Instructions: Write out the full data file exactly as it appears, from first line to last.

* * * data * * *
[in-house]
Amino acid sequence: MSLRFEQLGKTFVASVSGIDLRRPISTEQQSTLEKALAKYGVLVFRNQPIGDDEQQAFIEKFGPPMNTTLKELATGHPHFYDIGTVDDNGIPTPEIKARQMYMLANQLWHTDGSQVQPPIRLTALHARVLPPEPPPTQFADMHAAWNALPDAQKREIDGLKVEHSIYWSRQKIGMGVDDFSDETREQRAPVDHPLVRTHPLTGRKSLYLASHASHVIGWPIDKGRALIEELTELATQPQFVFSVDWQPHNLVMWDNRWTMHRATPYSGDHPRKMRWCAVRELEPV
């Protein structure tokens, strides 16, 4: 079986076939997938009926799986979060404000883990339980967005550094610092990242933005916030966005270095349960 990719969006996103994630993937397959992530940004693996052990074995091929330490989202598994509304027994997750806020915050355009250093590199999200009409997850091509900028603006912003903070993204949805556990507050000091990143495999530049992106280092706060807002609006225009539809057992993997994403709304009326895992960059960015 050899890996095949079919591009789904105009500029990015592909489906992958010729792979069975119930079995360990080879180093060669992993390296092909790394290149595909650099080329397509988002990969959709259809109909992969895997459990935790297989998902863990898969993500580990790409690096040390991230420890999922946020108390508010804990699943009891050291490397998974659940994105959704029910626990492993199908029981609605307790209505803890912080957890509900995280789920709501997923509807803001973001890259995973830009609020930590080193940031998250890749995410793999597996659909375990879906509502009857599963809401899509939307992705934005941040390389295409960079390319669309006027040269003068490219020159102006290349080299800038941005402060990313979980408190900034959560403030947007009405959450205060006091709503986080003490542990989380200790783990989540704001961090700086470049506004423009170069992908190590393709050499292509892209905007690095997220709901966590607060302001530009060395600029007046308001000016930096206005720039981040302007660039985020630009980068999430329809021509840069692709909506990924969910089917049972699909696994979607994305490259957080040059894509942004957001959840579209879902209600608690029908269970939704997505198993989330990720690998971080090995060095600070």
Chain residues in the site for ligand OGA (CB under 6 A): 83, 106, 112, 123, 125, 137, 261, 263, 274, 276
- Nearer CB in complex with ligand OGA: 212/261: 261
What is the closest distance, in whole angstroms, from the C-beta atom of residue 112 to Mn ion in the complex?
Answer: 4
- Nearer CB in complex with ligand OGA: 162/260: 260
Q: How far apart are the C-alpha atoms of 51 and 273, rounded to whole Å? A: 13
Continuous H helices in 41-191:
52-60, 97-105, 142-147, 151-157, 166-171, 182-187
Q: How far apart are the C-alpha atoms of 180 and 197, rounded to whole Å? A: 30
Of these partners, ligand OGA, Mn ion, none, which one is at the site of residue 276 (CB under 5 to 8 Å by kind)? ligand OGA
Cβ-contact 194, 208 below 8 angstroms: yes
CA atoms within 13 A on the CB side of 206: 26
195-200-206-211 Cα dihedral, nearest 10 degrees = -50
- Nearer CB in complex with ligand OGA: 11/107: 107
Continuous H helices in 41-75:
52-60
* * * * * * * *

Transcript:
[in-house]
Amino acid sequence: MSLRFEQLGKTFVASVSGIDLRRPISTEQQSTLEKALAKYGVLVFRNQPIGDDEQQAFIEKFGPPMNTTLKELATGHPHFYDIGTVDDNGIPTPEIKARQMYMLANQLWHTDGSQVQPPIRLTALHARVLPPEPPPTQFADMHAAWNALPDAQKREIDGLKVEHSIYWSRQKIGMGVDDFSDETREQRAPVDHPLVRTHPLTGRKSLYLASHASHVIGWPIDKGRALIEELTELATQPQFVFSVDWQPHNLVMWDNRWTMHRATPYSGDHPRKMRWCAVRELEPV
């Protein structure tokens, strides 16, 4: 079986076939997938009926799986979060404000883990339980967005550094610092990242933005916030966005270095349960 990719969006996103994630993937397959992530940004693996052990074995091929330490989202598994509304027994997750806020915050355009250093590199999200009409997850091509900028603006912003903070993204949805556990507050000091990143495999530049992106280092706060807002609006225009539809057992993997994403709304009326895992960059960015 050899890996095949079919591009789904105009500029990015592909489906992958010729792979069975119930079995360990080879180093060669992993390296092909790394290149595909650099080329397509988002990969959709259809109909992969895997459990935790297989998902863990898969993500580990790409690096040390991230420890999922946020108390508010804990699943009891050291490397998974659940994105959704029910626990492993199908029981609605307790209505803890912080957890509900995280789920709501997923509807803001973001890259995973830009609020930590080193940031998250890749995410793999597996659909375990879906509502009857599963809401899509939307992705934005941040390389295409960079390319669309006027040269003068490219020159102006290349080299800038941005402060990313979980408190900034959560403030947007009405959450205060006091709503986080003490542990989380200790783990989540704001961090700086470049506004423009170069992908190590393709050499292509892209905007690095997220709901966590607060302001530009060395600029007046308001000016930096206005720039981040302007660039985020630009980068999430329809021509840069692709909506990924969910089917049972699909696994979607994305490259957080040059894509942004957001959840579209879902209600608690029908269970939704997505198993989330990720690998971080090995060095600070």
Chain residues in the site for ligand OGA (CB under 6 A): 83, 106, 112, 123, 125, 137, 261, 263, 274, 276
- Nearer CB in complex with ligand OGA: 212/261: 261
What is the closest distance, in whole angstroms, from the C-beta atom of residue 112 to Mn ion in the complex?
Answer: 4
- Nearer CB in complex with ligand OGA: 162/260: 260
Q: How far apart are the C-alpha atoms of 51 and 273, rounded to whole Å? A: 13
Continuous H helices in 41-191:
52-60, 97-105, 142-147, 151-157, 166-171, 182-187
Q: How far apart are the C-alpha atoms of 180 and 197, rounded to whole Å? A: 30
Of these partners, ligand OGA, Mn ion, none, which one is at the site of residue 276 (CB under 5 to 8 Å by kind)? ligand OGA
Cβ-contact 194, 208 below 8 angstroms: yes
CA atoms within 13 A on the CB side of 206: 26
195-200-206-211 Cα dihedral, nearest 10 degrees = -50
- Nearer CB in complex with ligand OGA: 11/107: 107
Continuous H helices in 41-75:
52-60